A medical study published Monday shows that more American adults than ever are living with significant “psychological distress”, but have been treated at a declining rate over the past decade.
Researchers at New York University’s Langone Medical Center, who documented their findings in the medical journal Psychiatric Services, found that over 8.3 million people in the U.S. age 18–64 have overlapping symptoms of depression and anxiety that could eventually cause themselves physical damage.
The study also determined that those with “significant psychological distress” have had less access to healthcare over the past decade, as 9.5 percent of those suffering from mental illness in the U.S. didn’t have insurance coverage for psychiatric care in 2014, compared to nine percent in 2006. Nearly 10 percent of those with SPD in 2014 couldn’t afford psychiatric prescription medication, up from 8.7 percent eight years prior.
The findings, based on data from the CDC’s annual National Health Interview Survey, may partially explain why America’s suicide rate has increased dramatically since 1999 to its highest level since 1986. In 2014, 13 out of every 100,000 Americans committed suicide, up 24 percent since a year before the turn of the century.
“Based on our data, we estimate that millions of Americans have a level of emotional functioning that leads to lower quality of life and life and life expectancy,” said the study’s lead author, Dr. Judith Weissman.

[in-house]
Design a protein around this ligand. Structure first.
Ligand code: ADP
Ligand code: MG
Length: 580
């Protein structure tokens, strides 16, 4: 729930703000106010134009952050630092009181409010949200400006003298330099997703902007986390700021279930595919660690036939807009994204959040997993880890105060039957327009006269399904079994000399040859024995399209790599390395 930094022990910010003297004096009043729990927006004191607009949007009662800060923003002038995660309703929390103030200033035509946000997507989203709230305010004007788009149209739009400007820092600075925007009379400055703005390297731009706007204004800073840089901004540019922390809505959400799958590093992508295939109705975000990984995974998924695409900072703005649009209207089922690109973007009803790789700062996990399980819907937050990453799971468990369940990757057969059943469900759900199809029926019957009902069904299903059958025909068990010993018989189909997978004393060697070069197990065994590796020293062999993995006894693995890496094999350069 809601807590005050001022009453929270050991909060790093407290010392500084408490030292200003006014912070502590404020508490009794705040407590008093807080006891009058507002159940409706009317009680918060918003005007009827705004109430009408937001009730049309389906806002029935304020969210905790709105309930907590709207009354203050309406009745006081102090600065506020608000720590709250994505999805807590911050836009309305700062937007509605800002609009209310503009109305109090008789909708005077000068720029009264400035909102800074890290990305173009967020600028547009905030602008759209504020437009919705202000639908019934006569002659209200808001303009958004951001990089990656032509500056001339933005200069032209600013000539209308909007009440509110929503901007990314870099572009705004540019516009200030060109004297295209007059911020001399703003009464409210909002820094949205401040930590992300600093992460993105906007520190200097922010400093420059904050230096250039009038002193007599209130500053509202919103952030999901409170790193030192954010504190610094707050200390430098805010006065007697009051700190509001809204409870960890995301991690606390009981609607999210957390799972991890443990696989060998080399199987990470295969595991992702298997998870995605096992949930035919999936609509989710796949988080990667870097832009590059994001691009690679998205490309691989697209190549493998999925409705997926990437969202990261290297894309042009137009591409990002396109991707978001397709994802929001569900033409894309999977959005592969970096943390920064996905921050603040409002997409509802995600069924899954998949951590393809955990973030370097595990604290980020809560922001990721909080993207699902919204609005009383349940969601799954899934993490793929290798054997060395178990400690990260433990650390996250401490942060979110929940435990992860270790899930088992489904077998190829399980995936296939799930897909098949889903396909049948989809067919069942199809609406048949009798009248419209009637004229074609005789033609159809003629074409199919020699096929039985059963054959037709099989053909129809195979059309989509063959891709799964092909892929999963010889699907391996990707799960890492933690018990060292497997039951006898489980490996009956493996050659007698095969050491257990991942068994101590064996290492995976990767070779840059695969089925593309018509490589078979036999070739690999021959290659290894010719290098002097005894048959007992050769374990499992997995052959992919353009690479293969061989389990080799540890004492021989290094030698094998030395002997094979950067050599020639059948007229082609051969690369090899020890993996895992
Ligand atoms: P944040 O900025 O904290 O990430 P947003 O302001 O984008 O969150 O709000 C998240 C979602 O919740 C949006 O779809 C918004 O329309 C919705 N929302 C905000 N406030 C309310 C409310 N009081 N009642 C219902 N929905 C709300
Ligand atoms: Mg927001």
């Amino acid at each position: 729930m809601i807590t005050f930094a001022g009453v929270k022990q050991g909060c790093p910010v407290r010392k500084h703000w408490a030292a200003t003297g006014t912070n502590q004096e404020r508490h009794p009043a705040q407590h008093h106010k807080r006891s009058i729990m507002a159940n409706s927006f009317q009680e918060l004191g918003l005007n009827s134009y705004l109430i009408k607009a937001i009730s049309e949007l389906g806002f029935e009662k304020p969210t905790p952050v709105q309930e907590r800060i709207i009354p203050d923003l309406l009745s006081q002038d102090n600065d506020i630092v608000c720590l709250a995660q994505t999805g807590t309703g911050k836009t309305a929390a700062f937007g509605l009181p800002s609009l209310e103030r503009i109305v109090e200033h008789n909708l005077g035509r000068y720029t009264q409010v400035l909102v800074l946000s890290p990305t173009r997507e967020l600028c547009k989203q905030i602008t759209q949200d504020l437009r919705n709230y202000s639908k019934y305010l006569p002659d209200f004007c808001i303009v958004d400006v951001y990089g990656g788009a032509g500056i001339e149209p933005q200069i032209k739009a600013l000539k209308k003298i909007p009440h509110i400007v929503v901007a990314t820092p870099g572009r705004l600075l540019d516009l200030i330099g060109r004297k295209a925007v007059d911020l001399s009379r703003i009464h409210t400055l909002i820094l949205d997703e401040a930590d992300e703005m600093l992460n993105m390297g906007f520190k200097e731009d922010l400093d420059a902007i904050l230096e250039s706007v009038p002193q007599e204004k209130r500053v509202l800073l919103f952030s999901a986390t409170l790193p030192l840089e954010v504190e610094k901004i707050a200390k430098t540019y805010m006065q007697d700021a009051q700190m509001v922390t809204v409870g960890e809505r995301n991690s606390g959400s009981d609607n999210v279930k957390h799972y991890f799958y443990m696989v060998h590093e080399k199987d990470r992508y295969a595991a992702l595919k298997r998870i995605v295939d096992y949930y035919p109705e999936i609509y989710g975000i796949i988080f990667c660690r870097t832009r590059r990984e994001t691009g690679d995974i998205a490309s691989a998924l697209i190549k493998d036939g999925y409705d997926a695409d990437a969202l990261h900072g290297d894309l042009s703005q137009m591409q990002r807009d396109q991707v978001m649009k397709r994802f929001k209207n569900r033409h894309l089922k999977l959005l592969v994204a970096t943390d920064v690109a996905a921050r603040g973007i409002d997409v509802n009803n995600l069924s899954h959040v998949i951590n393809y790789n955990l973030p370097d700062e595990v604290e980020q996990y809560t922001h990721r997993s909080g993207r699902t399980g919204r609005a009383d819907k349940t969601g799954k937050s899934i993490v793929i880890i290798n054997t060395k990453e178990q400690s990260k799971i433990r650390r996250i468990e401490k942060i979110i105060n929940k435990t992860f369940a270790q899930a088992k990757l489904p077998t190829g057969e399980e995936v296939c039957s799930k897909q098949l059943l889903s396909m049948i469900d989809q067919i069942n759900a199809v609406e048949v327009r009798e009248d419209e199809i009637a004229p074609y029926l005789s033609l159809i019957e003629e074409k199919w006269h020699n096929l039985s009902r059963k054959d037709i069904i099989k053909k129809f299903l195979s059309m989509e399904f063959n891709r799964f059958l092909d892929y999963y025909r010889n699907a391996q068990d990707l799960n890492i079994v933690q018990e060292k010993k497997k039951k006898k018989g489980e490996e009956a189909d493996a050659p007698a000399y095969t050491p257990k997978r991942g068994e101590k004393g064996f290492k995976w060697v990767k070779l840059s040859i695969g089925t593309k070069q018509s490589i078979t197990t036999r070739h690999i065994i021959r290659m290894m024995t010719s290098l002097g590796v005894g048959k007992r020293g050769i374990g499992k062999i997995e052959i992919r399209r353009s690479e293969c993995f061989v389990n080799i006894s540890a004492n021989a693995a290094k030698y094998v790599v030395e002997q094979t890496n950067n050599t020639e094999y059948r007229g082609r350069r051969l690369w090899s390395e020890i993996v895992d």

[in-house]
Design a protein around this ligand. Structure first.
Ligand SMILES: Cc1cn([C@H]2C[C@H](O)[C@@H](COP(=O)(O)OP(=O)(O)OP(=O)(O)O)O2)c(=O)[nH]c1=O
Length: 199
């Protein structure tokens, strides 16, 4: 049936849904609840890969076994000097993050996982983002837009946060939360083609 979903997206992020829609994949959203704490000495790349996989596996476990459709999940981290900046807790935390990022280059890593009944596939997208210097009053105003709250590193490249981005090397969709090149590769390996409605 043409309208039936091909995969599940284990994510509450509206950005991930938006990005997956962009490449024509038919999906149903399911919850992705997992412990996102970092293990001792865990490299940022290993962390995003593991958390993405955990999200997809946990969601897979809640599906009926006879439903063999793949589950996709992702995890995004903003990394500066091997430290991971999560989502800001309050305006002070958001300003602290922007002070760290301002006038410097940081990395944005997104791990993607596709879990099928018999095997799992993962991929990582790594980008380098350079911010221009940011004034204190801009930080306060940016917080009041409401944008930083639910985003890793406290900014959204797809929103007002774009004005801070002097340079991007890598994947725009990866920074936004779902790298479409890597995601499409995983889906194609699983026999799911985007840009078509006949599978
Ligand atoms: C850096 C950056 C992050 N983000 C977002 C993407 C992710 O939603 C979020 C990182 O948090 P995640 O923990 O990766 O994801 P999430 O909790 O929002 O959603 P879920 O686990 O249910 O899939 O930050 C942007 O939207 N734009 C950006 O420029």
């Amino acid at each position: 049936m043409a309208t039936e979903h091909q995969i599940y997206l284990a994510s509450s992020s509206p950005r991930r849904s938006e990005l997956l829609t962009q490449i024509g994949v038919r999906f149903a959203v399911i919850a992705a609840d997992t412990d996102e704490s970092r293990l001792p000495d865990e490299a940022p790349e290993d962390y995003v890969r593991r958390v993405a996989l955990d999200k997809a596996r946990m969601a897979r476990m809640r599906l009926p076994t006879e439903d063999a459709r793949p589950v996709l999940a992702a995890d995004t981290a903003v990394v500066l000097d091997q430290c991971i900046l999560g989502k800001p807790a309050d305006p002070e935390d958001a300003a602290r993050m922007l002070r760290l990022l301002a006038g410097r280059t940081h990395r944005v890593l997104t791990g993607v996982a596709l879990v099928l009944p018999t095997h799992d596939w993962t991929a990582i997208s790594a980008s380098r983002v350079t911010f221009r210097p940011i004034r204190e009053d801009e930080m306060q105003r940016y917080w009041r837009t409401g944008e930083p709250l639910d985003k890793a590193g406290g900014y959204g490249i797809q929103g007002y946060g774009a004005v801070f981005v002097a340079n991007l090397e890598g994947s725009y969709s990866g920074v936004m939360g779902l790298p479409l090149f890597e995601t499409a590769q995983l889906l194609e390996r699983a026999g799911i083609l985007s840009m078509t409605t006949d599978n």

The demographics of SPD and suicide are also changing in America, as more women and middle-age adults are suffering from mental illness at higher rates compared to one and two decades ago, as well as lower income and less educated citizens.
Pessimistically, Dr. Weissman also surmised there are less mental health professionals currently available to treat a growing population with more psychological stress than in previous eras.
“The trends seem to be diverging,” she said. “Poor mental health is increasing and the number of mental health providers cannot keep up.”
According to the National Center for Health Statistics, the increased suicide rate has been most prevalent among women age 45–64, but also rose across virtually all demographic groups.
Despite the increase in self-inflicted deaths over the past three decades, the all-time high U.S. suicide rate was set during the Great Depression in 1932, when more than 22 out of every 100,000 Americans killed themselves.
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